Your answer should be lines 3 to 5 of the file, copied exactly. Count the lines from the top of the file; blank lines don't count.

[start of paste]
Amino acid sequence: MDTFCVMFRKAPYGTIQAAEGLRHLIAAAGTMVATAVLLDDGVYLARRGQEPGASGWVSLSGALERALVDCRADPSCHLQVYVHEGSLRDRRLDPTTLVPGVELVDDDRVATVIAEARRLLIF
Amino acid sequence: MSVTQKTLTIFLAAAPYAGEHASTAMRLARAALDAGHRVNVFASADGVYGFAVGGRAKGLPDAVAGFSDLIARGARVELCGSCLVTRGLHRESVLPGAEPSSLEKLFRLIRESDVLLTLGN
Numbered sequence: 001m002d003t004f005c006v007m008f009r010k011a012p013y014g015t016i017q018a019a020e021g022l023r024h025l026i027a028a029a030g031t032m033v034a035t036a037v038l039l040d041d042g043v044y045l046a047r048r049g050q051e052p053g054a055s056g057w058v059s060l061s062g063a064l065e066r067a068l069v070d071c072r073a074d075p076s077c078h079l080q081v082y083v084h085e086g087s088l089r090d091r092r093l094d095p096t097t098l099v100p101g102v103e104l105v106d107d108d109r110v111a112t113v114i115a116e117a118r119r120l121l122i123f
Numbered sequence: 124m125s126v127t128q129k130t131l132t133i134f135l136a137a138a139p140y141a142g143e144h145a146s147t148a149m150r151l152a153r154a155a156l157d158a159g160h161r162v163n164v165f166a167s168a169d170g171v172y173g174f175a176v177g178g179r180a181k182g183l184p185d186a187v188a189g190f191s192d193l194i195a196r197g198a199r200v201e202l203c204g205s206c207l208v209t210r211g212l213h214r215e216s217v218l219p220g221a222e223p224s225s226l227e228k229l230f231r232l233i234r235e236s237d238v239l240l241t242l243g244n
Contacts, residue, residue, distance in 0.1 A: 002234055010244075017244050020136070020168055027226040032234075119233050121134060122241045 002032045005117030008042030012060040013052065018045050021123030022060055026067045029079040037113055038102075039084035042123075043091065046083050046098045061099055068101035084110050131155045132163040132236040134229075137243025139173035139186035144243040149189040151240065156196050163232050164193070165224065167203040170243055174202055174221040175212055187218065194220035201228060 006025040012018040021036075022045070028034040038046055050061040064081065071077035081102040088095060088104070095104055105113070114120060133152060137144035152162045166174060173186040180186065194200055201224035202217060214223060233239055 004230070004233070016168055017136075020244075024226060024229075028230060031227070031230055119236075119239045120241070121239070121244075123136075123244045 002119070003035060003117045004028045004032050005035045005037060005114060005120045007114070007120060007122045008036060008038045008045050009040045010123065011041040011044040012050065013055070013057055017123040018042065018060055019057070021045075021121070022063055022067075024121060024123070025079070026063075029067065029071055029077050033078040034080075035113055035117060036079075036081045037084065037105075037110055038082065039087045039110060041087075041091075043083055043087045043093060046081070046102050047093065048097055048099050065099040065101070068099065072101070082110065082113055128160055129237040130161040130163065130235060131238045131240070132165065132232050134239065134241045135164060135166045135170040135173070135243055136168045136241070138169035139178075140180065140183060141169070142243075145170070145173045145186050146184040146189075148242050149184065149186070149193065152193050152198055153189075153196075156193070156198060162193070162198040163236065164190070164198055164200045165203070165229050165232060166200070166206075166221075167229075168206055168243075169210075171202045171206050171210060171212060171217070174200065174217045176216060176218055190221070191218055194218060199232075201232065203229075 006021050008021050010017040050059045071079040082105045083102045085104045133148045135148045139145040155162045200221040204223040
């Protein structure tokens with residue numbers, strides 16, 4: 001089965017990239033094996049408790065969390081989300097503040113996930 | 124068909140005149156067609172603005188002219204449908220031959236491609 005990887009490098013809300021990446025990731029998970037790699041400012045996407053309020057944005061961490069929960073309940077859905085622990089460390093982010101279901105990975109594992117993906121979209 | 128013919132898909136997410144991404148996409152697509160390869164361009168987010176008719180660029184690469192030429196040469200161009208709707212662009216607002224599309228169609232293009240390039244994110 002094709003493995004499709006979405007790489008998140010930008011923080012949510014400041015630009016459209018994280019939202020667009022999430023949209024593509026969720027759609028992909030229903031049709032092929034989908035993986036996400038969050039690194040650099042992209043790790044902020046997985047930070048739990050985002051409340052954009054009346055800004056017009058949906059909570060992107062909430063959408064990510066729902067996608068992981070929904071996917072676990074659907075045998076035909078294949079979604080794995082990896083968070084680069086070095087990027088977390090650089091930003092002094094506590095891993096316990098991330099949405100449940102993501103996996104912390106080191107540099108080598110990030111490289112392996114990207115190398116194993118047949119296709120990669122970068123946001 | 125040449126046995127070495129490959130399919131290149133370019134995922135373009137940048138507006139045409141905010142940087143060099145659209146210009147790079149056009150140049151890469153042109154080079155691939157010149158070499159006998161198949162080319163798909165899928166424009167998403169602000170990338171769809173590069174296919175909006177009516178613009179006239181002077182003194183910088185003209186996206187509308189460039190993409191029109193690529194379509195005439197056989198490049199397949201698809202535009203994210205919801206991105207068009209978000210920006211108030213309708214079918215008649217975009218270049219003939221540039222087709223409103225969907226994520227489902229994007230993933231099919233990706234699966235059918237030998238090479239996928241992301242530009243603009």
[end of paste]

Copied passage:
Numbered sequence: 001m002d003t004f005c006v007m008f009r010k011a012p013y014g015t016i017q018a019a020e021g022l023r024h025l026i027a028a029a030g031t032m033v034a035t036a037v038l039l040d041d042g043v044y045l046a047r048r049g050q051e052p053g054a055s056g057w058v059s060l061s062g063a064l065e066r067a068l069v070d071c072r073a074d075p076s077c078h079l080q081v082y083v084h085e086g087s088l089r090d091r092r093l094d095p096t097t098l099v100p101g102v103e104l105v106d107d108d109r110v111a112t113v114i115a116e117a118r119r120l121l122i123f
Numbered sequence: 124m125s126v127t128q129k130t131l132t133i134f135l136a137a138a139p140y141a142g143e144h145a146s147t148a149m150r151l152a153r154a155a156l157d158a159g160h161r162v163n164v165f166a167s168a169d170g171v172y173g174f175a176v177g178g179r180a181k182g183l184p185d186a187v188a189g190f191s192d193l194i195a196r197g198a199r200v201e202l203c204g205s206c207l208v209t210r211g212l213h214r215e216s217v218l219p220g221a222e223p224s225s226l227e228k229l230f231r232l233i234r235e236s237d238v239l240l241t242l243g244n
Contacts, residue, residue, distance in 0.1 A: 002234055010244075017244050020136070020168055027226040032234075119233050121134060122241045 002032045005117030008042030012060040013052065018045050021123030022060055026067045029079040037113055038102075039084035042123075043091065046083050046098045061099055068101035084110050131155045132163040132236040134229075137243025139173035139186035144243040149189040151240065156196050163232050164193070165224065167203040170243055174202055174221040175212055187218065194220035201228060 006025040012018040021036075022045070028034040038046055050061040064081065071077035081102040088095060088104070095104055105113070114120060133152060137144035152162045166174060173186040180186065194200055201224035202217060214223060233239055 004230070004233070016168055017136075020244075024226060024229075028230060031227070031230055119236075119239045120241070121239070121244075123136075123244045 002119070003035060003117045004028045004032050005035045005037060005114060005120045007114070007120060007122045008036060008038045008045050009040045010123065011041040011044040012050065013055070013057055017123040018042065018060055019057070021045075021121070022063055022067075024121060024123070025079070026063075029067065029071055029077050033078040034080075035113055035117060036079075036081045037084065037105075037110055038082065039087045039110060041087075041091075043083055043087045043093060046081070046102050047093065048097055048099050065099040065101070068099065072101070082110065082113055128160055129237040130161040130163065130235060131238045131240070132165065132232050134239065134241045135164060135166045135170040135173070135243055136168045136241070138169035139178075140180065140183060141169070142243075145170070145173045145186050146184040146189075148242050149184065149186070149193065152193050152198055153189075153196075156193070156198060162193070162198040163236065164190070164198055164200045165203070165229050165232060166200070166206075166221075167229075168206055168243075169210075171202045171206050171210060171212060171217070174200065174217045176216060176218055190221070191218055194218060199232075201232065203229075 006021050008021050010017040050059045071079040082105045083102045085104045133148045135148045139145040155162045200221040204223040